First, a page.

Tuesday, June 20, 2017
What it All Means or the Arthur-Ceredig Paradigm
I've been asked a simple question that is not at all simple to answer: if Arthur's (= Cerdic's/Ceredig's) battles are all those of the Gewissei and are to be found in the Anglo-Saxon Chronicle, what do we make of Chapter 56 in the Historia Brittonum?
The work ascribed to the monk Nennius claims that Arthur fought against the English with the kings of the Britons, 'but he was their leader in battle,' 'He was victorious in all his campaigns.' There is the implication in the first paragraph of the chapter that Arthur's English foes were specifically the Kentishmen.
This account, which spawned the heroic myth of Arthur, is directly at odds with what we are told in the ASC. There Cerdic, properly the son of Ceawlin (= Maquicoline/Cunedda) or a member of Ceawlin's teulu, is Irish or, possibly, Hiberno-British. He is fighting for or with the English against other Britons in southern and central England. At the same time, he had established himself at the Afon Arth in Ceredigion on the west coast of Wales, probably as a sort of de facto federate of whoever was the over-king in Wales at the time. We know this kind of relationship existed because we have the stone of Cunorix son of Maquicoline/Cunedda, the Cynric of the ASC, at Wroxeter/Viroconium. Vortigern himself, as I've shown elsewhere, was of mixed Irish and British descent.
Clearly, what was happening in Britain during the Age of Arthur was a great deal more complicated than what the storytellers would have us believe! This is the way real history plays out, as opposed to the traditional history we often choose to embrace.
Vortigern was reviled for bringing in Saxons to use as mercenaries against his various enemies. But, in reality, the famous Arthur was merely an example of the extension of Vortigern's policy. For not only were Saxon federates employed, in typical Roman fashion. So, too, were Irish warriors. The Irish had come to dominate the political landscape in much of Wales, forming kingdoms all along the coastal districts. Eventually, although they were thoroughly assimilated by the native population, they came to control central Wales and made themselves into the most powerful of the Welsh princes.
What Arthur/Cerdic did, then, perhaps inadvertently, during the push to extend Welsh influence or control to the east and south, was help form the nascent kingdom of Wessex. His foes were not Englishmen, but Britons, enemies of those who ruled in Wales. The Gewessei seem to have targeted frontier zones to the south, north and west of what came to be the nucleus of Wessex. We do not see them fighting in the east. Why? We must presume that the Saxons themselves already held that quarter, i.e. the services of Cunedda's mercenaries were not required there.
So effective proved the Gewessei that they came to be seen as the founders of Wessex.
Now, granted, there is another possibility and I cannot conclude this post without bringing it up. That is simply that the author of the Historia Brittonum completely made up Arthur and stole battles from the ASC to invent his British hero. I must admit to being somewhat agnostic on this point. Like most people, I want to believe in Arthur, even if he is not the Arthur we have come to know and love through countless works of fiction from the earliest period to the present day.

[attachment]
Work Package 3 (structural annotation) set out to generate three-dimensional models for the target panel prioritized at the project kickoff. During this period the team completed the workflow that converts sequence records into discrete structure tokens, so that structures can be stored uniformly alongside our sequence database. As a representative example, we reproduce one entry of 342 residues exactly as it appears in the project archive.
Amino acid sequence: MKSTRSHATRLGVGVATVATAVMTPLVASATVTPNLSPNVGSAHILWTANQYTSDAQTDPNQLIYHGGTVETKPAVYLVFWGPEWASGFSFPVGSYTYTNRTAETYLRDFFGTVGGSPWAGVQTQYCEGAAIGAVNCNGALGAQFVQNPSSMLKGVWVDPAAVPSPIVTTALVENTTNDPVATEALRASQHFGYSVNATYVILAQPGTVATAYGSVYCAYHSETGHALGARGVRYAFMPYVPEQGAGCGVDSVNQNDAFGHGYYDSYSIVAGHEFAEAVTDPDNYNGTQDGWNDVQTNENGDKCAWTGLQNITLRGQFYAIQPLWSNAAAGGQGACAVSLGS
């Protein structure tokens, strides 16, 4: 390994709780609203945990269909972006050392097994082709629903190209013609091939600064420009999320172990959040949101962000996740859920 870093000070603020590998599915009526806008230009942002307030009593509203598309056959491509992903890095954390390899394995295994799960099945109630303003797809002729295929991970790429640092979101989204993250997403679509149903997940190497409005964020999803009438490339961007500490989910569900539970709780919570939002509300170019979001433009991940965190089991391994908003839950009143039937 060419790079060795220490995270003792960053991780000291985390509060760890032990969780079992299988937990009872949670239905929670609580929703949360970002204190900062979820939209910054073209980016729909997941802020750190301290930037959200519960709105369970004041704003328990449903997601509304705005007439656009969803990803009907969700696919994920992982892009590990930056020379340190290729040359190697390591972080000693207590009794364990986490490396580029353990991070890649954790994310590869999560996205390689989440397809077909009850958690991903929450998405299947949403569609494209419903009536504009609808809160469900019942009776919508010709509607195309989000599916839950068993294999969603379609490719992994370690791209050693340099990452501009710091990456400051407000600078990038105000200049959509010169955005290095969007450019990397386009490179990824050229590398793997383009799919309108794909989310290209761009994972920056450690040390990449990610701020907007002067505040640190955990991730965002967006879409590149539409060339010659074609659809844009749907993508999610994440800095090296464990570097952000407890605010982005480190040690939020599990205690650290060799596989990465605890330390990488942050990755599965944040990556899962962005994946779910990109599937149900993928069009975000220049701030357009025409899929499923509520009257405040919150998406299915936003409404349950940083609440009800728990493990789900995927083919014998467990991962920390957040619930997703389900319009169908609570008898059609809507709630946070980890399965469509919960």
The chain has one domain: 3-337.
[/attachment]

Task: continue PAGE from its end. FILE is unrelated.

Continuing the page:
Yet what I can say is this: there is no reason to doubt that the name (or title) Arthur was applied to Cerdic of Wessex, or that Cerdic of Wessex was Ceredig son of Cunedda. What my instinct tells me is that the greatest hero of early Wessex, known to be from Wales, was "converted" into a purely British hero and pitted against the very Englishmen he had fought alongside of. I tend to trust the ASC more than I do that of the HB, in other words. However, the ASC account is not without its problems, most notably being its literal reversal of chronology, involving as it does the improper ordering of the genealogy of the Gewessei.
Some might ask, "Why not propose that the ASC account is fraudulent, and that Cerdic and the Gewessei were fighting against the English?" The notion is attractive. But if Cerdic/Arthur was co-opted by the English, we cannot help but wonder why they would have done so. Did they not have warrior heroes of their own? Why go to the considerable trouble of concocting such tradition? Why would you even want to make your enemy into the founders of your kingdom?
It is far more likely that so much time had passed from the era of the Gewessei to that of the writing of the ASC that the Celtic origin of Cerdic and his folk had been forgotten by the English. Allies became members of the fold and ended up at the head of the Wessex royal pedigree. The implication, clearly, is not that the English "borrowed" a Celtic hero and made him their own, but rather that the Celtic hero had come to be seen as one of their own precisely because both parties were on the same side during the formative stage of the founding of Wessex. The designation Gewessei conveys an opposite meaning to that of 'wealas' or foreigners, strangers (and thus those who are potentially dangerous, i.e. enemies). Does not seem reasonable that the term would have been retained had it not been in actual usage. Inventing it at a later date in order to explain the Celtic nature of the Gewissei would seem supremely counter-productive.